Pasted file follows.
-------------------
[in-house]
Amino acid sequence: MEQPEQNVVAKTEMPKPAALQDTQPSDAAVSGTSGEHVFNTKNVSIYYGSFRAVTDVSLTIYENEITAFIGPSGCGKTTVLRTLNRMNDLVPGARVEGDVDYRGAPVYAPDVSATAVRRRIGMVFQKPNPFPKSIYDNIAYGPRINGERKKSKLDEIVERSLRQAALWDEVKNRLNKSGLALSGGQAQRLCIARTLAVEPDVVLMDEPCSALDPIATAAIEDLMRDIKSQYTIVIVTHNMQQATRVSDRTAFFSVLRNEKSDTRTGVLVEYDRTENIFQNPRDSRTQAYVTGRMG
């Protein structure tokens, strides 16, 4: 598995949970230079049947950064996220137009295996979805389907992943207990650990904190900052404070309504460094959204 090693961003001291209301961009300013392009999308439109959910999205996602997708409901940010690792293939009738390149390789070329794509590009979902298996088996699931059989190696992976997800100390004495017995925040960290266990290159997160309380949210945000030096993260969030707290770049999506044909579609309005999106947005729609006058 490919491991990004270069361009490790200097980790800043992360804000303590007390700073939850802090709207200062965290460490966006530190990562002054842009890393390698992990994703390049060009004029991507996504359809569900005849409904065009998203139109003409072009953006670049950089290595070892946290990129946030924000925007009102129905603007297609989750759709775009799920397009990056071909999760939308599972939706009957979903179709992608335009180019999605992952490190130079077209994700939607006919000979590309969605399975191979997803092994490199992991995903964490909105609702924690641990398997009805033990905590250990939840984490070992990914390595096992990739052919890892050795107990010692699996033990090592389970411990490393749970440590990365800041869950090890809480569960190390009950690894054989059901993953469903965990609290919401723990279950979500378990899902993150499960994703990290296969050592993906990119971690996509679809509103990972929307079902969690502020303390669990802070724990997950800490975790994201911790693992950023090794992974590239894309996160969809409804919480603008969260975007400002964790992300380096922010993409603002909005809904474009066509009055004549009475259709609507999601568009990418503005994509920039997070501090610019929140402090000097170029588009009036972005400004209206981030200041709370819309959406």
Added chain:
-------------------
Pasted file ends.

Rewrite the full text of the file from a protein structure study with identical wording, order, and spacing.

[in-house]
Amino acid sequence: MEQPEQNVVAKTEMPKPAALQDTQPSDAAVSGTSGEHVFNTKNVSIYYGSFRAVTDVSLTIYENEITAFIGPSGCGKTTVLRTLNRMNDLVPGARVEGDVDYRGAPVYAPDVSATAVRRRIGMVFQKPNPFPKSIYDNIAYGPRINGERKKSKLDEIVERSLRQAALWDEVKNRLNKSGLALSGGQAQRLCIARTLAVEPDVVLMDEPCSALDPIATAAIEDLMRDIKSQYTIVIVTHNMQQATRVSDRTAFFSVLRNEKSDTRTGVLVEYDRTENIFQNPRDSRTQAYVTGRMG
């Protein structure tokens, strides 16, 4: 598995949970230079049947950064996220137009295996979805389907992943207990650990904190900052404070309504460094959204 090693961003001291209301961009300013392009999308439109959910999205996602997708409901940010690792293939009738390149390789070329794509590009979902298996088996699931059989190696992976997800100390004495017995925040960290266990290159997160309380949210945000030096993260969030707290770049999506044909579609309005999106947005729609006058 490919491991990004270069361009490790200097980790800043992360804000303590007390700073939850802090709207200062965290460490966006530190990562002054842009890393390698992990994703390049060009004029991507996504359809569900005849409904065009998203139109003409072009953006670049950089290595070892946290990129946030924000925007009102129905603007297609989750759709775009799920397009990056071909999760939308599972939706009957979903179709992608335009180019999605992952490190130079077209994700939607006919000979590309969605399975191979997803092994490199992991995903964490909105609702924690641990398997009805033990905590250990939840984490070992990914390595096992990739052919890892050795107990010692699996033990090592389970411990490393749970440590990365800041869950090890809480569960190390009950690894054989059901993953469903965990609290919401723990279950979500378990899902993150499960994703990290296969050592993906990119971690996509679809509103990972929307079902969690502020303390669990802070724990997950800490975790994201911790693992950023090794992974590239894309996160969809409804919480603008969260975007400002964790992300380096922010993409603002909005809904474009066509009055004549009475259709609507999601568009990418503005994509920039997070501090610019929140402090000097170029588009009036972005400004209206981030200041709370819309959406």
Added chain: